Feature Article of 2017-06-19

Are Ghanaians hostile to levies?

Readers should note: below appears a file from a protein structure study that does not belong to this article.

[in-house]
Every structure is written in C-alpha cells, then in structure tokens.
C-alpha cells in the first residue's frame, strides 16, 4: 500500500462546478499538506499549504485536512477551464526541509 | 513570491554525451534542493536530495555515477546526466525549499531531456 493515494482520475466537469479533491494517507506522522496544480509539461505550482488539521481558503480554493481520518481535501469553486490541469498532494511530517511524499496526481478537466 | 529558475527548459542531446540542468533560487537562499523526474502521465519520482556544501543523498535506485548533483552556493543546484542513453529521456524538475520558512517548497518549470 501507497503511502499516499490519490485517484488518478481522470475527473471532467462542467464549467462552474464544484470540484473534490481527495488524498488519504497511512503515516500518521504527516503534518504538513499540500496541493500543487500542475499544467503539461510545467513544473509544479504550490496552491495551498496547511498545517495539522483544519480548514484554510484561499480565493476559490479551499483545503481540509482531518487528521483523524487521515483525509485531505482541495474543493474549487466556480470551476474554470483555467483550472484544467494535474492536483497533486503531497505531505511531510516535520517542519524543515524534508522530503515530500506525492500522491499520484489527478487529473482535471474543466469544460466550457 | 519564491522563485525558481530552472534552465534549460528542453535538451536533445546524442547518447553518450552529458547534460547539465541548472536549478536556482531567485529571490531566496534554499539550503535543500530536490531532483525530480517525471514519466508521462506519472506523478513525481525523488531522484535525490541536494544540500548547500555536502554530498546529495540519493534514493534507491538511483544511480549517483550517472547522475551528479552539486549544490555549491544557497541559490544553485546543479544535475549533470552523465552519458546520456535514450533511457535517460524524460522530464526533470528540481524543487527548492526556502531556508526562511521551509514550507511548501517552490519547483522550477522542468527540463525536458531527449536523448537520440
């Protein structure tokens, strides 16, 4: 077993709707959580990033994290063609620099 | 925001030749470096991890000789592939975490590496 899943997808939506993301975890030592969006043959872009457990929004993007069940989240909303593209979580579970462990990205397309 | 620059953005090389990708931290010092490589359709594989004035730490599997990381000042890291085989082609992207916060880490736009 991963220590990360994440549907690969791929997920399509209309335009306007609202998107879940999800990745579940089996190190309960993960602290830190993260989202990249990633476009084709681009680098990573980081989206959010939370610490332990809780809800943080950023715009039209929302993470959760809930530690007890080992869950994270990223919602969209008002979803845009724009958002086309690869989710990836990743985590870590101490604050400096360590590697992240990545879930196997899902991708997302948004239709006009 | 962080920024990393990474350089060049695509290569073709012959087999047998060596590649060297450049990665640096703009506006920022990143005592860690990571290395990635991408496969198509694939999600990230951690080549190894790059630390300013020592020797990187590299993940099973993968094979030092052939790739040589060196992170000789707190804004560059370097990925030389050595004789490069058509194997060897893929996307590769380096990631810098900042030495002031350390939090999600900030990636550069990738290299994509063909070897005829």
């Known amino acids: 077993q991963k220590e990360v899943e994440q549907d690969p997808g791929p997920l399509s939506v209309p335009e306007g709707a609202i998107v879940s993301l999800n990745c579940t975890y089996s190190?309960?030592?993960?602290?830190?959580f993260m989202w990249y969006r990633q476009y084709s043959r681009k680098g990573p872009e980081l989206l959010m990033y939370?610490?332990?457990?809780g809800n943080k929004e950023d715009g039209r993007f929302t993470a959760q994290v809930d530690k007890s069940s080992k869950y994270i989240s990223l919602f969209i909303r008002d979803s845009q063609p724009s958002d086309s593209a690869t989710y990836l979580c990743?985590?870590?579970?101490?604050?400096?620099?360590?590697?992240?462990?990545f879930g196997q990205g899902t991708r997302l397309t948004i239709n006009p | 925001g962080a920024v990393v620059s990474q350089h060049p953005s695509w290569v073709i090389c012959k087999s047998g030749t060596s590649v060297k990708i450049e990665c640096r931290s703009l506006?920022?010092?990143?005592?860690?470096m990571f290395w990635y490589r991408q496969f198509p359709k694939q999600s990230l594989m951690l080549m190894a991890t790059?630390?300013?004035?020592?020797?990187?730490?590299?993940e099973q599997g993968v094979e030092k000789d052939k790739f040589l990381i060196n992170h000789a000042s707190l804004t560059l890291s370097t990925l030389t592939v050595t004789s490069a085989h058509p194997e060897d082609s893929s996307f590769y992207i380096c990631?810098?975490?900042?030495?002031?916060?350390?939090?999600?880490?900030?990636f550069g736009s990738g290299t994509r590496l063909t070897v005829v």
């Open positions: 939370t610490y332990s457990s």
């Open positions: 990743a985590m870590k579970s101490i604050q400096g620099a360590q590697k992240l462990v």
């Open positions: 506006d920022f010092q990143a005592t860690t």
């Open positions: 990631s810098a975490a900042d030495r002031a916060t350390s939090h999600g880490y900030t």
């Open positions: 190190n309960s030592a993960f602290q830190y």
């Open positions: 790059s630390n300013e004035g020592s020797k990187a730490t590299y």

The reaction from the Ghanaian public to the towing levy does not come as a surprise at all. Does it? I guess not. The poor appetite being exhibited by Ghanaians towards the payment of taxes/levies did not begin overnight, it obviously started from somewhere. It could be traced to one thing poor/misapplication of previous State funds by successive governments and other State institutions over the years. The idea behind the towing levy itself does not make sense to me and a lot more Ghanaians, and could warrant the kind of rebellious feedback from the general public. But I also think there is more to it….there is this strong perception among the populace about the fact that proceeds from the proposed levy may not serve its intended purpose in the long run. Could the Ghanaian taxpayer be faulted for alleging that greater proportion of the proceeds from the towing levy may be diverted to enrich a few? Oh yes, they [taxpayers] know….they know about the bunch of rots which are always captured in the Auditor General’s report annually. They know……they know about embezzlement of State funds, uncovered by anticorruption crusaders like Azure Manasseh, Captain Smart, Anas and the rest. They know……they know about what goes on at the annual Public Account Committee’s sitting on GTV. They know about how proceeds from some existing levies are being used to purchase expensive cars and other properties for individuals. They also know about how some toll collectors at tollbooths do get rich overnight, while portions of roads at this very tollbooths are hit with potholes and manholes. If only our leaders had previously applied our taxes appropriately and to the benefit of the taxpayer, the debate on the towing levy would have probably been different. When the debate on the ban on plastics came up in 2015, producers and importers of plastic products alluded to the fact that there is an extra tax component paid to government by plastic importers and producers, for plastic waste management in Ghana. How much has been realized from the said special levy imposed on the importation and manufacturing of plastics over the years? How is such fund being applied, with respect to waste management by successive governments? And what is the state of plastic related filth in Ghana today? Although this may be subjected to further prove, greater proportion of the filth we see in our environment today are those coming from plastics. The inference is that, the demand for, and the utilization of plastics are very high and that, more money would also be realized from the “special waste management levy” imposed on these plastics to tidy up the environment. The situation is however different. I don’t own a car or motorbike today and even if I am unable to own one tomorrow, my children might own one in future. It is only necessary that I add my opinion voice to this national discourse against this towing levy to ensure my children don’t inherit the payment of any unreasonable pre-towing service levy for owing a vehicle. All that we are saying is that there are a lot of legitimate questions begging for answers, as to how funds from similar levies were applied by governments and State institutions in the past. Providing answers to these questions will give our tax collectors that impetus and the clean hands to come seeking for new levies backed by justifications. Pre-levying every vehicle owner/user for towing services is obviously not a good idea. Parliament and the President must reconsider this decision. Ghanaians are not necessarily hostile to levies, but they just don’t have the appetite for new levies owing to the fact that proceeds from existing levies are being misapplied and embezzled with so much impunity. The intention behind the policy may be good, but the policy direction is unarguably wrong. Charge me for towing my car; don’t charge everyone to tow cars.Source: Gbolu Samson
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